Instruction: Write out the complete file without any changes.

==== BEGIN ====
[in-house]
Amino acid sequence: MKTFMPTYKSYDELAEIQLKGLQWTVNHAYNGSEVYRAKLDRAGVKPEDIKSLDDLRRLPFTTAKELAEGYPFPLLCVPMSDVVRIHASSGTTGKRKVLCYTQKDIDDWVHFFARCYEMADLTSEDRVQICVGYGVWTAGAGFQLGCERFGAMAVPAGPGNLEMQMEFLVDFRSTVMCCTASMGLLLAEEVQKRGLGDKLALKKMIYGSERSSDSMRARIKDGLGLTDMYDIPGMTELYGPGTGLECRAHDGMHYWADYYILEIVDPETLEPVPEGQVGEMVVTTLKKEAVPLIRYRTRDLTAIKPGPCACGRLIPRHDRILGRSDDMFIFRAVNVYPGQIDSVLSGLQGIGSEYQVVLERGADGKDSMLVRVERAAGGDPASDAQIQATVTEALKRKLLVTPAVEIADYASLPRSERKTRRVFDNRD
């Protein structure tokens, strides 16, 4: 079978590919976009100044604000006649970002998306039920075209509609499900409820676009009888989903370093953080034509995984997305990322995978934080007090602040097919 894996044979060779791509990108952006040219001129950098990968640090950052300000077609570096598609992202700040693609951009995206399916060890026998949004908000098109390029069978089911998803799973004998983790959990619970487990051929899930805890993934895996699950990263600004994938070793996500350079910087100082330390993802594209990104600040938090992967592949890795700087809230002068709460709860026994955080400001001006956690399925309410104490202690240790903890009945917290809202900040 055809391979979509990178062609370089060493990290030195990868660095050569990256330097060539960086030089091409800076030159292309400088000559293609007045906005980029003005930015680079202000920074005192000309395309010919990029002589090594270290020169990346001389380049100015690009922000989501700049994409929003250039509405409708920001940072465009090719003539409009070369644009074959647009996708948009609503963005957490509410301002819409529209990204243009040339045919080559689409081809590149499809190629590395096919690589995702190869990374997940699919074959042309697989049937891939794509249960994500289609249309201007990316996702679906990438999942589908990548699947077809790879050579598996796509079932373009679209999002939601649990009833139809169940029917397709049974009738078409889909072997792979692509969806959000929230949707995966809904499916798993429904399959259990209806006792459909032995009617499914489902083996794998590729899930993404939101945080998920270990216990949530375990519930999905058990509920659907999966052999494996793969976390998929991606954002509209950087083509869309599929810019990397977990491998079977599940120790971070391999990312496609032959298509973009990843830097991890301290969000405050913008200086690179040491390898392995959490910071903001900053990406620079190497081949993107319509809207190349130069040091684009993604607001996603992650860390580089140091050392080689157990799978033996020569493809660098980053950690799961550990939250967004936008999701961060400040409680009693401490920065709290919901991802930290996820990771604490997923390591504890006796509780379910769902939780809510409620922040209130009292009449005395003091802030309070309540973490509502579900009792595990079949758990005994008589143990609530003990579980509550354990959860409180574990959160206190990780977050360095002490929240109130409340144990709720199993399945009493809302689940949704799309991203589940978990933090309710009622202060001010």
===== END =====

[in-house]
Amino acid sequence: MKTFMPTYKSYDELAEIQLKGLQWTVNHAYNGSEVYRAKLDRAGVKPEDIKSLDDLRRLPFTTAKELAEGYPFPLLCVPMSDVVRIHASSGTTGKRKVLCYTQKDIDDWVHFFARCYEMADLTSEDRVQICVGYGVWTAGAGFQLGCERFGAMAVPAGPGNLEMQMEFLVDFRSTVMCCTASMGLLLAEEVQKRGLGDKLALKKMIYGSERSSDSMRARIKDGLGLTDMYDIPGMTELYGPGTGLECRAHDGMHYWADYYILEIVDPETLEPVPEGQVGEMVVTTLKKEAVPLIRYRTRDLTAIKPGPCACGRLIPRHDRILGRSDDMFIFRAVNVYPGQIDSVLSGLQGIGSEYQVVLERGADGKDSMLVRVERAAGGDPASDAQIQATVTEALKRKLLVTPAVEIADYASLPRSERKTRRVFDNRD
């Protein structure tokens, strides 16, 4: 079978590919976009100044604000006649970002998306039920075209509609499900409820676009009888989903370093953080034509995984997305990322995978934080007090602040097919 894996044979060779791509990108952006040219001129950098990968640090950052300000077609570096598609992202700040693609951009995206399916060890026998949004908000098109390029069978089911998803799973004998983790959990619970487990051929899930805890993934895996699950990263600004994938070793996500350079910087100082330390993802594209990104600040938090992967592949890795700087809230002068709460709860026994955080400001001006956690399925309410104490202690240790903890009945917290809202900040 055809391979979509990178062609370089060493990290030195990868660095050569990256330097060539960086030089091409800076030159292309400088000559293609007045906005980029003005930015680079202000920074005192000309395309010919990029002589090594270290020169990346001389380049100015690009922000989501700049994409929003250039509405409708920001940072465009090719003539409009070369644009074959647009996708948009609503963005957490509410301002819409529209990204243009040339045919080559689409081809590149499809190629590395096919690589995702190869990374997940699919074959042309697989049937891939794509249960994500289609249309201007990316996702679906990438999942589908990548699947077809790879050579598996796509079932373009679209999002939601649990009833139809169940029917397709049974009738078409889909072997792979692509969806959000929230949707995966809904499916798993429904399959259990209806006792459909032995009617499914489902083996794998590729899930993404939101945080998920270990216990949530375990519930999905058990509920659907999966052999494996793969976390998929991606954002509209950087083509869309599929810019990397977990491998079977599940120790971070391999990312496609032959298509973009990843830097991890301290969000405050913008200086690179040491390898392995959490910071903001900053990406620079190497081949993107319509809207190349130069040091684009993604607001996603992650860390580089140091050392080689157990799978033996020569493809660098980053950690799961550990939250967004936008999701961060400040409680009693401490920065709290919901991802930290996820990771604490997923390591504890006796509780379910769902939780809510409620922040209130009292009449005395003091802030309070309540973490509502579900009792595990079949758990005994008589143990609530003990579980509550354990959860409180574990959160206190990780977050360095002490929240109130409340144990709720199993399945009493809302689940949704799309991203589940978990933090309710009622202060001010």